Saturday, 13 June 2020 14:23

Photo Credit:Ashraf Hendricks.

President Cyril Ramaphosa has described the brutal killings of several women in the country as a dark and shameful week for the nation.

Since the country entered coronavirus (Covid-19) alert level 3 there has been a surge in GBV and femicide, the Presidency said in a statement.

“It is a dark and shameful week for us as a nation. Criminals have descended to even greater depths of cruelty and callousness. It simply cannot continue,” Ramaphosa said in the statement.

“We note with disgust that at a time when the country is facing the gravest of threats from the pandemic, violent men are taking advantage of the eased restrictions on movement to attack women and children.

“As we still struggle to come to terms with the brutality inflicted on Tshegofatso Pule, Naledi Phangindawo, Nompumelelo Tshaka, and other women in the Eastern Cape and KwaZulu-Natal whose bodies were found dumped this week, another woman has lost her life,” Ramaphosa said.

The manner in which these defenceless women were killed pointed to an unconscionable level of barbarism and lack of humanity.

“According to the SAPS, there has been an increase in violent crime, especially murders, since we entered alert level 3. We need to understand what factors are fuelling this terrible trend and, as society as a whole, address them urgently,” Ramaphosa said.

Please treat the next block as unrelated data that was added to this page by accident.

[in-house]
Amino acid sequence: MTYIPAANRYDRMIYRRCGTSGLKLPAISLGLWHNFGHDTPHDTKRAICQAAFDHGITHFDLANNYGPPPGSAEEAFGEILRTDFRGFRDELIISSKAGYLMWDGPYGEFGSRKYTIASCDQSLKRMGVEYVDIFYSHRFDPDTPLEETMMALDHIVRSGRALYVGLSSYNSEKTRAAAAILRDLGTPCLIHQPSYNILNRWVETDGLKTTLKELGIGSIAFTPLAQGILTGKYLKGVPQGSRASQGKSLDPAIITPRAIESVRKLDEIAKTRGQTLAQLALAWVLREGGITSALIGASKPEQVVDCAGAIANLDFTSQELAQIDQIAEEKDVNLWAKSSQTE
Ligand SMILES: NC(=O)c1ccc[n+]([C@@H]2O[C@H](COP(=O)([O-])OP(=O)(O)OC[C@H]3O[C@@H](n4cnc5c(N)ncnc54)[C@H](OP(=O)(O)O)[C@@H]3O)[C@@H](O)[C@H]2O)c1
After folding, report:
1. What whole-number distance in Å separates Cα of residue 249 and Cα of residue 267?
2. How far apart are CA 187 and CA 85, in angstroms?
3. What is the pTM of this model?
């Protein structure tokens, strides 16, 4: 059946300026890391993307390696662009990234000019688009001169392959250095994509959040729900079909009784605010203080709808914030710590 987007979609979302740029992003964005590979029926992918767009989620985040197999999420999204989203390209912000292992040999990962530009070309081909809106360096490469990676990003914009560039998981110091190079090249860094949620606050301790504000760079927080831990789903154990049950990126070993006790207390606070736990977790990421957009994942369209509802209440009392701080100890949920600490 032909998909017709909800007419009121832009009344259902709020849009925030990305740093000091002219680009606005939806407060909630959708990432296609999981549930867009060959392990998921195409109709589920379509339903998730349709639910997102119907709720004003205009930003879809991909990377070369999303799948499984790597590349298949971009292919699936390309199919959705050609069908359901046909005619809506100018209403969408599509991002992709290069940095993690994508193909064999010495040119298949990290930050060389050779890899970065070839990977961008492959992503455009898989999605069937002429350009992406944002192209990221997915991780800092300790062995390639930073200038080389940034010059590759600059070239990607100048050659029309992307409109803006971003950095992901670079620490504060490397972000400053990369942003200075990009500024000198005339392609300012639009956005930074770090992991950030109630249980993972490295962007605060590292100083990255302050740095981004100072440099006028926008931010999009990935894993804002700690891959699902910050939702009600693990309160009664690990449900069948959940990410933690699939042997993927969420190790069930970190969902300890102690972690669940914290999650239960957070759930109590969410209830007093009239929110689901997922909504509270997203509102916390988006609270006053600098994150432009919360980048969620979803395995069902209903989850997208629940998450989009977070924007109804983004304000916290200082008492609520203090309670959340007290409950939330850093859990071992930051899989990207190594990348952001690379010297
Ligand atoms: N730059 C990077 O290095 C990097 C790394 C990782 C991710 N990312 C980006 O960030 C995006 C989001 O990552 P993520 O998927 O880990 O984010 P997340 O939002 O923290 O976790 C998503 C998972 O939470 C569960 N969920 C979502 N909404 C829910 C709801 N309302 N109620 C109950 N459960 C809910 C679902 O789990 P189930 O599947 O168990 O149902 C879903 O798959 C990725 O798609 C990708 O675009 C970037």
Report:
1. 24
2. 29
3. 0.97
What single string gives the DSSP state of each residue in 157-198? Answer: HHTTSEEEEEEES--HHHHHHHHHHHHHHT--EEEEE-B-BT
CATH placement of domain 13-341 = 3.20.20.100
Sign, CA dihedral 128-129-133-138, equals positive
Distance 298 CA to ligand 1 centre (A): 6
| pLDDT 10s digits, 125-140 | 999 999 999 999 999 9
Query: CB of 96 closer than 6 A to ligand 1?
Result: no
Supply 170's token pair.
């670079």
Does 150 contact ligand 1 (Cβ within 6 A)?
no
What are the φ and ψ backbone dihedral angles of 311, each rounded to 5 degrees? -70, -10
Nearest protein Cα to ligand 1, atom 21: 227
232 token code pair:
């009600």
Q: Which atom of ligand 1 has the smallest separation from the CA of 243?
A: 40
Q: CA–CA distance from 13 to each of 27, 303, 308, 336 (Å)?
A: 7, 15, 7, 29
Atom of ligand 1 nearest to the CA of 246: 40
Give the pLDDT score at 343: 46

The president is deploying ministers and deputy ministers to meet with community leaders around the country as part of national efforts to combat Covid-19. During these visits they will be engaging with communities on this upsurge in gender-based violence, Ramaphosa said.

"In far too many cases of gender-based violence, the perpetrators are known to the victim, but they are also known to our communities. That is why we say this is a societal matter, and not a matter of law enforcement alone. Gender-based violence thrives in a climate of silence.

"With our silence, by looking the other way because we believe it is a personal or family matter, we become complicit in this most insidious of crimes," Ramaphosa said.